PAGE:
• Each parameter of the primary constructor must have a val or a var assigned.
    This isn’t the case with a normal class, where specifying a val or a var isn’t compulsory.
  • Data classes cannot be appended with abstract, open, sealed or inner

Kotlin Data Class built-in methods

Kotlin Data class automatically creates the following functions for you.

  • equals() and hashCode()
  • toString() of the form "Book(name=JournalDev, authorName=Anupam)"
  • componentN() functions for each of the parameters in the order specified. This is known as destructuring declarations.
  • copy()

Kotlin Data Class Features

Following are some features that a Data Class provides.

  • To create a parameterless constructor, specify default values to each of the parameters present in the primary constructor.
  • A Data Class allows subclassing(No need to mention the keyword open).
  • You can provide explicit implementations for the functions equals() hashCode() and toString()
  • Explicit implementations for copy() and componentN() functions are not allowed.
  • We can control the visibility of the getters and setters by specifying the visibility modifiers in the constructor as shown below.
    
    data class Book(var name: String,private var authorName: String, var lastModified: Long, var rating: Float, var downloads: Int)
    
  • A val parameter won’t have a setter defined implicitly(can’t be done explicitly too!).

Default And Named Arguments in Data Class

Following is our data class:


data class Book(var name: String, var authorName: String, var lastModified: Long, var rating: Float, var downloads: Int)

None of the parameters have a default value set. So we need to set an argument for each of them in the instantiation as shown below.


fun main(args: Array<String>) {
val book = Book("Android Tutorials","Anupam", 1234567, 4.5f, 1000)
}

Let’s set a few default arguments and see how the instantiation changes.



data class Book(var name: String, var authorName: String = "Anupam", var lastModified: Long = 1234567, var rating: Float = 5f, var downloads: Int = 1000)
fun main(args: Array<String>) {
var book = Book("Android tutorials","Anupam", 1234567, 4.5f, 1000)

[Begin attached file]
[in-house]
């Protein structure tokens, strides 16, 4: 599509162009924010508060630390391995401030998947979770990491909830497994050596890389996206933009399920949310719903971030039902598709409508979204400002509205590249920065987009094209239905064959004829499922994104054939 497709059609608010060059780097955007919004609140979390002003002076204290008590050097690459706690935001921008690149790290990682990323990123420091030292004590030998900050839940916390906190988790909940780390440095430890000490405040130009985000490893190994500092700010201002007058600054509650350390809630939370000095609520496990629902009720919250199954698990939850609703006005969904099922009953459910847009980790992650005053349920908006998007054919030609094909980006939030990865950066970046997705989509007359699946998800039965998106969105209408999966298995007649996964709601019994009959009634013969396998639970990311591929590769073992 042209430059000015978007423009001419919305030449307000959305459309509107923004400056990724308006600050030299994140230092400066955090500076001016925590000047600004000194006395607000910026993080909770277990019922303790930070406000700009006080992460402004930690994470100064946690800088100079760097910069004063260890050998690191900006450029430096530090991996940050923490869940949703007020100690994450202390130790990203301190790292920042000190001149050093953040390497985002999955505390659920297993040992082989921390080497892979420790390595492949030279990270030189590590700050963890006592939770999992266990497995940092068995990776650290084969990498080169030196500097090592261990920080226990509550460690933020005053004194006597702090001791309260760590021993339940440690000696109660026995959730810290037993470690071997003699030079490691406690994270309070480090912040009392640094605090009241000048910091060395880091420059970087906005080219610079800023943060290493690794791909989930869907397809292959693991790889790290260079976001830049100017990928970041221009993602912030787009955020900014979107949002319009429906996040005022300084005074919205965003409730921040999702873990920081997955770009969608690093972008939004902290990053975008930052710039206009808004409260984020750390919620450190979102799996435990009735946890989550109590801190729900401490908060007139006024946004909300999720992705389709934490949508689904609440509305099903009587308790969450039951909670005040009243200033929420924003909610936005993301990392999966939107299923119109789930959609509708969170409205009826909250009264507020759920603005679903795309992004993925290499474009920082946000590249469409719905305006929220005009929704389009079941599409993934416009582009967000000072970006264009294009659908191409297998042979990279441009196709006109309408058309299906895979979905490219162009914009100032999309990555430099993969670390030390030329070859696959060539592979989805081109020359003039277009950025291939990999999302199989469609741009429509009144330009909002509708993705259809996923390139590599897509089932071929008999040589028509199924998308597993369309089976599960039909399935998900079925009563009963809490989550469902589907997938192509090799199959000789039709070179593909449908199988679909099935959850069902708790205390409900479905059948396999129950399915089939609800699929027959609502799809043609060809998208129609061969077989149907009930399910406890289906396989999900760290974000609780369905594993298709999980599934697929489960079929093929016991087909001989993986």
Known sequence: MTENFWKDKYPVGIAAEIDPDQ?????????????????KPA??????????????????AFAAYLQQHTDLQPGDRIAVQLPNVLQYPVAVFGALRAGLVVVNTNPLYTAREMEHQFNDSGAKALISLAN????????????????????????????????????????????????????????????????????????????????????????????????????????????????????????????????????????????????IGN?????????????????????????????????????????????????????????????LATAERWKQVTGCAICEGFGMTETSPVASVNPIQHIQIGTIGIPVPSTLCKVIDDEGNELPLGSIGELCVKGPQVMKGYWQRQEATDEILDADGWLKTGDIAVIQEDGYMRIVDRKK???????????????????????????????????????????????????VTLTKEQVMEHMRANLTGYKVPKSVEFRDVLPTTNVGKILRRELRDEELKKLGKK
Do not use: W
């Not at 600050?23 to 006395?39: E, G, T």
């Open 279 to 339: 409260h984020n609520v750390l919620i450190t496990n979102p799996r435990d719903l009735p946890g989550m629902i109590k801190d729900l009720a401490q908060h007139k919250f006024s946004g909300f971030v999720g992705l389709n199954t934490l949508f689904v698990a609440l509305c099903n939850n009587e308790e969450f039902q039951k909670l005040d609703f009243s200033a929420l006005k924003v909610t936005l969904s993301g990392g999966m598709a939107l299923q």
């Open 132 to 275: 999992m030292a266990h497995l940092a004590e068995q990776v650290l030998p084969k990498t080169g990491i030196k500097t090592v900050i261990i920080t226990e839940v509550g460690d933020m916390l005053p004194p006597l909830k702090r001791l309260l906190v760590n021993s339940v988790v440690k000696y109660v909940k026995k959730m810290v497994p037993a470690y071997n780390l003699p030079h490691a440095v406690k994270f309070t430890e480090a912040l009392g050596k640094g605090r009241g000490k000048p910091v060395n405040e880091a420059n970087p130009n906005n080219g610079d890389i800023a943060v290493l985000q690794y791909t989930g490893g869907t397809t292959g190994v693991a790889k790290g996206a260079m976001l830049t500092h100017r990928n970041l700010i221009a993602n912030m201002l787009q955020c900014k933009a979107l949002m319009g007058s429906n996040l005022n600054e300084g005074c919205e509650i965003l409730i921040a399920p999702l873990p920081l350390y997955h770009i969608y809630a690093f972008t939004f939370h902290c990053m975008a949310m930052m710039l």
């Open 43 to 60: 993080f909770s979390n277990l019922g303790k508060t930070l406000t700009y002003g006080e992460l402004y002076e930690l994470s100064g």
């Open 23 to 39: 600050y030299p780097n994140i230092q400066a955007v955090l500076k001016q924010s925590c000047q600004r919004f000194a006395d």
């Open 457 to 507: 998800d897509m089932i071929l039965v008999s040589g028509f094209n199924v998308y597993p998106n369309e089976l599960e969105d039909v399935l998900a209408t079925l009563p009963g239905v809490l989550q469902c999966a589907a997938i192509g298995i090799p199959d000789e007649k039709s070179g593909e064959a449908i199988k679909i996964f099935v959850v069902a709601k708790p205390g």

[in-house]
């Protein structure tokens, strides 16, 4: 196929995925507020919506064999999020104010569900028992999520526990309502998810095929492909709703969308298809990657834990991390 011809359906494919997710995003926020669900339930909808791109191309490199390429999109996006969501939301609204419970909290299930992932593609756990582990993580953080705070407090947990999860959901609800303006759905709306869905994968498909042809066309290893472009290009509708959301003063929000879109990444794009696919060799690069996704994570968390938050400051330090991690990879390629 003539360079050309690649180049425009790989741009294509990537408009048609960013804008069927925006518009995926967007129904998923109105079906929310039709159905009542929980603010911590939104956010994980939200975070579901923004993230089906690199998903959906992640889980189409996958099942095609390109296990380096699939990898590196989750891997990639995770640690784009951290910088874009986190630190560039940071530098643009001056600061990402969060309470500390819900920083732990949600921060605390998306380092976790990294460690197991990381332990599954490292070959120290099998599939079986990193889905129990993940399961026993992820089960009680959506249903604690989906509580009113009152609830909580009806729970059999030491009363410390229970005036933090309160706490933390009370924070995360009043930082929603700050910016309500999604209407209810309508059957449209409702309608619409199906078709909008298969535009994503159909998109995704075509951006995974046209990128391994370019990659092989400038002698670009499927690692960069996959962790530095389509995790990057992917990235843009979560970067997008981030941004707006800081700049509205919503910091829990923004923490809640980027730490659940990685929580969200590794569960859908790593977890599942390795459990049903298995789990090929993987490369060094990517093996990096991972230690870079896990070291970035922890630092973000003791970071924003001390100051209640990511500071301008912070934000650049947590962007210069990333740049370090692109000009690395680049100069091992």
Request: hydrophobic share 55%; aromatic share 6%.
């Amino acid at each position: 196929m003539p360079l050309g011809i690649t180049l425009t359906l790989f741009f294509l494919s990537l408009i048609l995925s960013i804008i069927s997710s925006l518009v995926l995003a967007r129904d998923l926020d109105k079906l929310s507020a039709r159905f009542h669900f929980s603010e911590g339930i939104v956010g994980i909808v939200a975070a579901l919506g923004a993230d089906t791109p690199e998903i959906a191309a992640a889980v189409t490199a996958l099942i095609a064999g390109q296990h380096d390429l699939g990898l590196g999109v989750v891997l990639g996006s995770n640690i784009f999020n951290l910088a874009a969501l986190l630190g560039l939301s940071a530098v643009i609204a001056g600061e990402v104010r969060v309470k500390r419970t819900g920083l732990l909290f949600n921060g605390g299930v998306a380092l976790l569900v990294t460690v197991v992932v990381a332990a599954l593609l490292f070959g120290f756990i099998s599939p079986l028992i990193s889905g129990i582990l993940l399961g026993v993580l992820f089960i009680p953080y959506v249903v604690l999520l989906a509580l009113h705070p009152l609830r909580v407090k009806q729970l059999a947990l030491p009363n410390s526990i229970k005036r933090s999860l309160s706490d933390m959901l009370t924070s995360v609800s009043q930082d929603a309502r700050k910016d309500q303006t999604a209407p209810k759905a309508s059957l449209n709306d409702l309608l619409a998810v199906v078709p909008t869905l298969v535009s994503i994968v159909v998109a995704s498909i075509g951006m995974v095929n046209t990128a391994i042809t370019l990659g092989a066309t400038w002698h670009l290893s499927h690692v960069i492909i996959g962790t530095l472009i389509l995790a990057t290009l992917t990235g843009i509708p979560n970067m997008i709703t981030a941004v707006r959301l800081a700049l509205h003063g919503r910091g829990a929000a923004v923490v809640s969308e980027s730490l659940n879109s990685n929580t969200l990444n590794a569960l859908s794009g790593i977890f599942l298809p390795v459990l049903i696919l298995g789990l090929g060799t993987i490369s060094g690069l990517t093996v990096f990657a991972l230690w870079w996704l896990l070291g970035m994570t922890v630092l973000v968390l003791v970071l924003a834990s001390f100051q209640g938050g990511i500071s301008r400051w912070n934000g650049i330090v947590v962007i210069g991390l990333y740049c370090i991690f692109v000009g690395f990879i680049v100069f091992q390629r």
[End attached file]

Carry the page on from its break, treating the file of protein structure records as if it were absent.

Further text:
book = Book("Kotlin")
    book = Book("Swift",downloads = 500)
    book = Book("Java","Pankaj",rating = 5f, downloads = 1000)
    book = Book("Python","Shubham",rating = 5f)

}

Instead of setting each argument, we can set only the non-default ones and the ones which we wish too using the named argument.
Using Named Arguments, we can set the 5th argument as the second one by explicitly specifying the parameter name followed by =. Life is so easier this way!

Kotlin Data Class toString() Method

The toString() is implicitly created and prints the argument names and labels for the instance as shown below.


data class Book(var name: String, var authorName: String = "Anupam", var lastModified: Long = 1234567, var rating: Float = 5f, var downloads: Int = 1000)


fun main(args: Array<String>) {

    var book = Book("Android tutorials","Anupam", 1234567, 4.5f, 1000)
    println(book)
    book = Book("Kotlin")
    println(book)
    book = Book("Swift",downloads = 500)
    println(book)
    book = Book("Java","Pankaj",rating = 5f, downloads = 1000)
    println(book.toString())
    book = Book("Python","Shubham",rating = 5f)
    println(book.toString())


}

//Following is printed in the console.
//Book(name=Android tutorials, authorName=Anupam, lastModified=1234567, rating=4.5, downloads=1000)
//Book(name=Kotlin, authorName=Anupam, lastModified=1234567, rating=5.0, downloads=1000)
//Book(name=Swift, authorName=Anupam, lastModified=1234567, rating=5.0, downloads=500)
//Book(name=Java, authorName=Pankaj, lastModified=1234567, rating=5.0, downloads=1000)
//Book(name=Python, authorName=Shubham, lastModified=1234567, rating=5.0, downloads=1000)

Note: print function implicitly adds a toString().

Kotlin Data Class copy() Method

Copy function is used to create a copy of an instance of the data class with few of the properties modified.